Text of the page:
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compel

[kuhm-pel]
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verb (used with object), com·pelled, com·pel·ling.
  1. to force or drive, especially to a course of action: His disregard of the rules compels us to dismiss him.
  2. to secure or bring about by force.
  3. to force to submit; subdue.
  4. to overpower.
  5. Archaic. to drive together; unite by force; herd.
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verb (used without object), com·pelled, com·pel·ling.
  1. to use force.
  2. to have a powerful and irresistible effect, influence, etc.
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Origin of compel

1350–1400; Middle English compellen (< Anglo-French) < Latin compellere to crowd, force, equivalent to com- com- + pellere to push, drive
Related formscom·pel·la·ble, adjectivecom·pel·la·bly, adverbcom·pel·lent, adjectivecom·pel·ler, nouncom·pel·ling·ly, adverbpre·com·pel, verb (used with object), pre·com·pelled, pre·com·pel·ling.un·com·pel·la·ble, adjectiveun·com·pelled, adjective
Can be confusedcoerce compel constrain force obligecompel impel (see synonym study at the current entry)

Synonyms for compel

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Synonym study

3. Compel, impel agree in the idea of using physical or other force to cause something to be done. Compel means to constrain someone, in some way, to yield or to do what one wishes: to compel a recalcitrant debtor to pay; Fate compels us to face danger and trouble. Impel may mean literally to push forward, but is usually applied figuratively, meaning to provide a strong motive or incentive toward a certain end: Wind impels a ship. Curiosity impels me to ask.
Dictionary.com Unabridged Based on the Random House Unabridged Dictionary, © Random House, Inc. 2018


Examples from the Web for compellingly

Contemporary Examples of compellingly

Historical Examples of compellingly

  • Suddenly and compellingly, he had become aware of the fact of Women.

    The Foolish Lovers

    St. John G. Ervine

  • His hunger was driving him too compellingly—only—only he wondered if Bill, too, were lost.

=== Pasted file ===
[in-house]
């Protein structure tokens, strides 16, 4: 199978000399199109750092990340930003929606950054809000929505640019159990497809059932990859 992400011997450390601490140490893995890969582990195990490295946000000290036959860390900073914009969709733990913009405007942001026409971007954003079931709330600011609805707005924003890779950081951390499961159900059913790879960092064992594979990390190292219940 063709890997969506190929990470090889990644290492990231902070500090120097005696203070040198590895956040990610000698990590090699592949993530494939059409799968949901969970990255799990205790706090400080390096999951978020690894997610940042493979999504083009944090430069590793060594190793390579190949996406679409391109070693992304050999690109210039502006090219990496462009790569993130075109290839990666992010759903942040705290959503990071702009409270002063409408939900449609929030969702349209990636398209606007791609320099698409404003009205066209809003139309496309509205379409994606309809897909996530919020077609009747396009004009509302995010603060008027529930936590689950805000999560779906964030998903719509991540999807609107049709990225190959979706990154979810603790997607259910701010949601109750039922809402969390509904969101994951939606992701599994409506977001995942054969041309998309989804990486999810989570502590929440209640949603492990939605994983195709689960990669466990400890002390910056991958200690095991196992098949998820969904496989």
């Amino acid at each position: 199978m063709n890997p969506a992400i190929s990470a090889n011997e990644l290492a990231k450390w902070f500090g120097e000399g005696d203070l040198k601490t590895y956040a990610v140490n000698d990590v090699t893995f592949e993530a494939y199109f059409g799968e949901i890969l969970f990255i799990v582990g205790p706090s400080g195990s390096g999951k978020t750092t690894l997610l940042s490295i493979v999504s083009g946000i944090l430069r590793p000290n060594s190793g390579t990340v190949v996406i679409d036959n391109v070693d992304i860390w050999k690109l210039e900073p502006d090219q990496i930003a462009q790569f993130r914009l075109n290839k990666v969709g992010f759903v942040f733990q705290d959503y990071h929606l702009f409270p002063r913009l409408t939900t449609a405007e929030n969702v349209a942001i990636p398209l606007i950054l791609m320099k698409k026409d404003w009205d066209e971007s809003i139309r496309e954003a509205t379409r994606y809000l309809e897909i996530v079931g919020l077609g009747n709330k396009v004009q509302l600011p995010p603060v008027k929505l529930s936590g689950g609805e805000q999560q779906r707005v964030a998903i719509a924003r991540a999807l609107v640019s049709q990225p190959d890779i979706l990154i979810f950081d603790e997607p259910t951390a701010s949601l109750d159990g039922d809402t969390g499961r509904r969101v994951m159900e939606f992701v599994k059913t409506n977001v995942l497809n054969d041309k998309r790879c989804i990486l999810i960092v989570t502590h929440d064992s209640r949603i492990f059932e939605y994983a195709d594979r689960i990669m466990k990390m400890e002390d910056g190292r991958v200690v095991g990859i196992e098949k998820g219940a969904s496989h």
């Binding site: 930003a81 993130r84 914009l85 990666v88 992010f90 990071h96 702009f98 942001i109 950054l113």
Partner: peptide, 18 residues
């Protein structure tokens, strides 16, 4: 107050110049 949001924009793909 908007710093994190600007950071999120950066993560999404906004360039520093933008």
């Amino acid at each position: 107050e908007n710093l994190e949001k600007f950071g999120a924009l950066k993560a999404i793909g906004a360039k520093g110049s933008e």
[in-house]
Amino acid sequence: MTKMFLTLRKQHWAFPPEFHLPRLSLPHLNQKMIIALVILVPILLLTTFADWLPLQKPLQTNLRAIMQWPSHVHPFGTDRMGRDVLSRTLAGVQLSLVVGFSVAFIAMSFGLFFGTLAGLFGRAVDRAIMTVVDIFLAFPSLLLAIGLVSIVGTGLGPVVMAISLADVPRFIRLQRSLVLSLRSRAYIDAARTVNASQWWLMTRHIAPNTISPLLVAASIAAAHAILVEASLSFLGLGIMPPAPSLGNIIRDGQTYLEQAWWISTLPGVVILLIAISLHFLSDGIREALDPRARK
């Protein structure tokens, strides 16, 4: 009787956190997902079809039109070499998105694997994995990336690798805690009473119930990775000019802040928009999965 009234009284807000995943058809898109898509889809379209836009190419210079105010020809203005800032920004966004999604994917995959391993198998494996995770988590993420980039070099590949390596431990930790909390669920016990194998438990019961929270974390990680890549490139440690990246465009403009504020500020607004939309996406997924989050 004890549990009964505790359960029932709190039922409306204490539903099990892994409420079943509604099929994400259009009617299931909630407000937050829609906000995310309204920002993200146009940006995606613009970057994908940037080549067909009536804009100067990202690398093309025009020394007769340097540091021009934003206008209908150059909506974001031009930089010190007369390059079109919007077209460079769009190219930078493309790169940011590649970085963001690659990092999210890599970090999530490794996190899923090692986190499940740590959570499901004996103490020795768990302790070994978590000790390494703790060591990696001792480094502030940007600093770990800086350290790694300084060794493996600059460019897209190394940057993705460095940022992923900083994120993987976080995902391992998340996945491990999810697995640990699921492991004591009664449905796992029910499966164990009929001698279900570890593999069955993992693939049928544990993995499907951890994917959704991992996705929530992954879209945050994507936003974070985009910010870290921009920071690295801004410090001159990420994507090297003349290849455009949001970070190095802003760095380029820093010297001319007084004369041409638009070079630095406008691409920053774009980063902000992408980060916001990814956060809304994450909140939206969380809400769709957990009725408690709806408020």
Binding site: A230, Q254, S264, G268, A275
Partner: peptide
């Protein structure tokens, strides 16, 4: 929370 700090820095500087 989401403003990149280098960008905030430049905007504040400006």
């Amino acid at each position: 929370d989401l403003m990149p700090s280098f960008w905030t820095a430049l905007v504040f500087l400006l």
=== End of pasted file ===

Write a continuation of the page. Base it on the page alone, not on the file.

Love of Life

    Jack London

  • The view is at once compellingly beautiful and weirdly repelling.

    In the Oregon Country

    George Palmer Putnam

  • The steady gaze shifted to his companion, held there compellingly.

    Ben Blair

    Will Lillibridge

  • The shrewd grey eyes were observing them collectively, compellingly.

    Where the Trail Divides

    Will Lillibridge


British Dictionary definitions for compellingly

compel

verb -pels, -pelling or -pelled (tr)
  1. to cause (someone) by force (to be or do something)
  2. to obtain by force; exactto compel obedience
  3. to overpower or subdue
  4. archaic to herd or drive together
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Derived Formscompellable, adjectivecompellably, adverbcompeller, noun

Word Origin for compel

C14: from Latin compellere to drive together, from com- together + pellere to drive
Collins English Dictionary - Complete & Unabridged 2012 Digital Edition © William Collins Sons & Co. Ltd. 1979, 1986 © HarperCollins Publishers 1998, 2000, 2003, 2005, 2006, 2007, 2009, 2012

Word Origin and History for compellingly

compel

v.

mid-14c., from Old French compellir, from Latin compellere "to drive together, drive to one place" (of cattle), "to force or compel" (of persons), from com- "together" (see com-) + pellere "to drive" (see pulse (n.1)). Related: Compelled; compelling.

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Online Etymology Dictionary, © 2010 Douglas Harper